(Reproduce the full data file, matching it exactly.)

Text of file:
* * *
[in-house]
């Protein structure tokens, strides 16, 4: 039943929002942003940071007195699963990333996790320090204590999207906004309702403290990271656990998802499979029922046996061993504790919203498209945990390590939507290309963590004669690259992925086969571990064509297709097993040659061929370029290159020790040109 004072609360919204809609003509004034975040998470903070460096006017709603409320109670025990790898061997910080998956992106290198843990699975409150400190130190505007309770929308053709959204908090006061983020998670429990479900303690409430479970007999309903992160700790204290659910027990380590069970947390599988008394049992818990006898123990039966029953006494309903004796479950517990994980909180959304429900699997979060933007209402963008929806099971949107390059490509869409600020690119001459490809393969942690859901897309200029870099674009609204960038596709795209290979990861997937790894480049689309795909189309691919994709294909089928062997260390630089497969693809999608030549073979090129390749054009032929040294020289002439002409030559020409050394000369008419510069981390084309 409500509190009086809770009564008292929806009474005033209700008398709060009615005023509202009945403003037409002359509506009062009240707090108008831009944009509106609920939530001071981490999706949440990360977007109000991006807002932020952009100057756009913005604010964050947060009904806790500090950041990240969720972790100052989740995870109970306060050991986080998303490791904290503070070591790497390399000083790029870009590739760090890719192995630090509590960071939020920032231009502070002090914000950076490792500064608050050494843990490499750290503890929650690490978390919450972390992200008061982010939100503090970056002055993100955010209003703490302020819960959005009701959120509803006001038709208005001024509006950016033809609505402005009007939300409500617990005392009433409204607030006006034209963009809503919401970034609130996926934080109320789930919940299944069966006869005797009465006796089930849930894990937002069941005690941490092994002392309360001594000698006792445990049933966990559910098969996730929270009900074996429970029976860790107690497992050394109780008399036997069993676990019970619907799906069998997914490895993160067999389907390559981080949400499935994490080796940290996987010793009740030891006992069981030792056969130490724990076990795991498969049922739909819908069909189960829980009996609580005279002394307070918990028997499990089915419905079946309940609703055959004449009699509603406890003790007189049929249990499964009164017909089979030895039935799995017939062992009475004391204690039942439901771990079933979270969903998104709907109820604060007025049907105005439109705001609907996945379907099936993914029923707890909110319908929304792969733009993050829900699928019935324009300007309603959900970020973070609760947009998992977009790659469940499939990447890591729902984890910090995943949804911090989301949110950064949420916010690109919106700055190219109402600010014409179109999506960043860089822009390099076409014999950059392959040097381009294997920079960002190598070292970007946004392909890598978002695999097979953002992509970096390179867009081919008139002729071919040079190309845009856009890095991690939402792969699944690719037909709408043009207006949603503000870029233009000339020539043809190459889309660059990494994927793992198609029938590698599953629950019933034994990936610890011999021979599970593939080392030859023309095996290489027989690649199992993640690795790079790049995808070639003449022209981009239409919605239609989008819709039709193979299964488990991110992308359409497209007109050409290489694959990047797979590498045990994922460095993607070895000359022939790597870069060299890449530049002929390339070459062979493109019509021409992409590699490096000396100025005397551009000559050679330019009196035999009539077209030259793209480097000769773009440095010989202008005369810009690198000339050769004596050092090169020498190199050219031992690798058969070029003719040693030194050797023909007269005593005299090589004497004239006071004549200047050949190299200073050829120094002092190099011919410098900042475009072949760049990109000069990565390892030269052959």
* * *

[in-house]
């Protein structure tokens, strides 16, 4: 039943929002942003940071007195699963990333996790320090204590999207906004309702403290990271656990998802499979029922046996061993504790919203498209945990390590939507290309963590004669690259992925086969571990064509297709097993040659061929370029290159020790040109 004072609360919204809609003509004034975040998470903070460096006017709603409320109670025990790898061997910080998956992106290198843990699975409150400190130190505007309770929308053709959204908090006061983020998670429990479900303690409430479970007999309903992160700790204290659910027990380590069970947390599988008394049992818990006898123990039966029953006494309903004796479950517990994980909180959304429900699997979060933007209402963008929806099971949107390059490509869409600020690119001459490809393969942690859901897309200029870099674009609204960038596709795209290979990861997937790894480049689309795909189309691919994709294909089928062997260390630089497969693809999608030549073979090129390749054009032929040294020289002439002409030559020409050394000369008419510069981390084309 409500509190009086809770009564008292929806009474005033209700008398709060009615005023509202009945403003037409002359509506009062009240707090108008831009944009509106609920939530001071981490999706949440990360977007109000991006807002932020952009100057756009913005604010964050947060009904806790500090950041990240969720972790100052989740995870109970306060050991986080998303490791904290503070070591790497390399000083790029870009590739760090890719192995630090509590960071939020920032231009502070002090914000950076490792500064608050050494843990490499750290503890929650690490978390919450972390992200008061982010939100503090970056002055993100955010209003703490302020819960959005009701959120509803006001038709208005001024509006950016033809609505402005009007939300409500617990005392009433409204607030006006034209963009809503919401970034609130996926934080109320789930919940299944069966006869005797009465006796089930849930894990937002069941005690941490092994002392309360001594000698006792445990049933966990559910098969996730929270009900074996429970029976860790107690497992050394109780008399036997069993676990019970619907799906069998997914490895993160067999389907390559981080949400499935994490080796940290996987010793009740030891006992069981030792056969130490724990076990795991498969049922739909819908069909189960829980009996609580005279002394307070918990028997499990089915419905079946309940609703055959004449009699509603406890003790007189049929249990499964009164017909089979030895039935799995017939062992009475004391204690039942439901771990079933979270969903998104709907109820604060007025049907105005439109705001609907996945379907099936993914029923707890909110319908929304792969733009993050829900699928019935324009300007309603959900970020973070609760947009998992977009790659469940499939990447890591729902984890910090995943949804911090989301949110950064949420916010690109919106700055190219109402600010014409179109999506960043860089822009390099076409014999950059392959040097381009294997920079960002190598070292970007946004392909890598978002695999097979953002992509970096390179867009081919008139002729071919040079190309845009856009890095991690939402792969699944690719037909709408043009207006949603503000870029233009000339020539043809190459889309660059990494994927793992198609029938590698599953629950019933034994990936610890011999021979599970593939080392030859023309095996290489027989690649199992993640690795790079790049995808070639003449022209981009239409919605239609989008819709039709193979299964488990991110992308359409497209007109050409290489694959990047797979590498045990994922460095993607070895000359022939790597870069060299890449530049002929390339070459062979493109019509021409992409590699490096000396100025005397551009000559050679330019009196035999009539077209030259793209480097000769773009440095010989202008005369810009690198000339050769004596050092090169020498190199050219031992690798058969070029003719040693030194050797023909007269005593005299090589004497004239006071004549200047050949190299200073050829120094002092190099011919410098900042475009072949760049990109000069990565390892030269052959």